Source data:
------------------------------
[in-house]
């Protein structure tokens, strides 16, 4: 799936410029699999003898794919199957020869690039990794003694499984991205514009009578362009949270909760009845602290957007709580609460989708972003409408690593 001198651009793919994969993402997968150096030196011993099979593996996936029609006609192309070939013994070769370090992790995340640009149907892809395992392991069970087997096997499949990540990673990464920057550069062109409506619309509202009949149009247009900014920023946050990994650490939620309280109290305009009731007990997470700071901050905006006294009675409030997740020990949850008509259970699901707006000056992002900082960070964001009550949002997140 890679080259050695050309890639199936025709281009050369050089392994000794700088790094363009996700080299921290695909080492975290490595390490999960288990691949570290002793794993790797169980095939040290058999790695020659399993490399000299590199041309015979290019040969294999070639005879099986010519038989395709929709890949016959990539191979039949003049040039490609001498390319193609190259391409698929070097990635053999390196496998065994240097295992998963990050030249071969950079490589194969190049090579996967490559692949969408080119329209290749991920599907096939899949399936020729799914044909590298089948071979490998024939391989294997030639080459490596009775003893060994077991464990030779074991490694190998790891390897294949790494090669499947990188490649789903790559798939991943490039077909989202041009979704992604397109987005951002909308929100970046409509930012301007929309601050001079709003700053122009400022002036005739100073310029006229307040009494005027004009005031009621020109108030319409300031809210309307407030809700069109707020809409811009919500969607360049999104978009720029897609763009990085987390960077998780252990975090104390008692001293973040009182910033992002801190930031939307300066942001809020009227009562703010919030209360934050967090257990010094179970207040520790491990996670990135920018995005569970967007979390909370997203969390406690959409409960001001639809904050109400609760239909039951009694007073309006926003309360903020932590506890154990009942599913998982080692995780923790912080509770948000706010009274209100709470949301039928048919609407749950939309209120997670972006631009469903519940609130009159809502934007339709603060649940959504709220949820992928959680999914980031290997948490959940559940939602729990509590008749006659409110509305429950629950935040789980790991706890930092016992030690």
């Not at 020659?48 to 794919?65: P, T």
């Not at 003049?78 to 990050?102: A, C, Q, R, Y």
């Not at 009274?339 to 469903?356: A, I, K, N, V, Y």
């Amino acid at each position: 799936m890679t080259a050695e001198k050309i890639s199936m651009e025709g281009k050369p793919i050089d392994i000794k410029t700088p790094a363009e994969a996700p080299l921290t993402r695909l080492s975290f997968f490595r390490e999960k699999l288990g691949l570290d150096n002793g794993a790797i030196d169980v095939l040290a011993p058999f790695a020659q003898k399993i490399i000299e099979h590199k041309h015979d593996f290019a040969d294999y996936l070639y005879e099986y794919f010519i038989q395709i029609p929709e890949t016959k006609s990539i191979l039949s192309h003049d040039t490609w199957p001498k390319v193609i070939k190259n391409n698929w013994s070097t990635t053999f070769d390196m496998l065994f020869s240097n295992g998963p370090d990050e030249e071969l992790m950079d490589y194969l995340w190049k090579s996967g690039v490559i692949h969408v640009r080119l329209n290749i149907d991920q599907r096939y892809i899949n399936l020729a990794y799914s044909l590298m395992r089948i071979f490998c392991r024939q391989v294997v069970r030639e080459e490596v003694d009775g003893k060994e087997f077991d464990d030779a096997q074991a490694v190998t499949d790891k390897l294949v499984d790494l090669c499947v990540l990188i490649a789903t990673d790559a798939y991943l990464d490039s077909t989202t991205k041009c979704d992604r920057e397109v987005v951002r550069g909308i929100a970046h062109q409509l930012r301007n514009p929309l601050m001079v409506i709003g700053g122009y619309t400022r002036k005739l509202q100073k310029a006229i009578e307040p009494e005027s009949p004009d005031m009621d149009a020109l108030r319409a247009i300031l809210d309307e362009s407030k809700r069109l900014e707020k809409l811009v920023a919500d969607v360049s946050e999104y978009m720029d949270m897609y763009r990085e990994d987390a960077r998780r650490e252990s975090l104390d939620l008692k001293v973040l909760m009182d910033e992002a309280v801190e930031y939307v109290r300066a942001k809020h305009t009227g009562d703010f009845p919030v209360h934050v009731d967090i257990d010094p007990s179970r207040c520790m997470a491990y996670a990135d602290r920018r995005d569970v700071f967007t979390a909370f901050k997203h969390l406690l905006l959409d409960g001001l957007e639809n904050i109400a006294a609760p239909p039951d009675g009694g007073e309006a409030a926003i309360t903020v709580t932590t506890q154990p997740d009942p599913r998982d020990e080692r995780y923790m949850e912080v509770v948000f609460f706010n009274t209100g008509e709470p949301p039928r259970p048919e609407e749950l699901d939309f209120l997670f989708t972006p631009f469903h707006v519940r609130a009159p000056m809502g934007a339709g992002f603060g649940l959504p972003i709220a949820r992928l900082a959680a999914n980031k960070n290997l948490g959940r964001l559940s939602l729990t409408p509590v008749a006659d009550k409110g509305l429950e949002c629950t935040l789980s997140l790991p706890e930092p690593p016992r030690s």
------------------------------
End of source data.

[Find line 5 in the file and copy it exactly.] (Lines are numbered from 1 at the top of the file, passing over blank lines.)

């Not at 009274?339 to 469903?356: A, I, K, N, V, Y």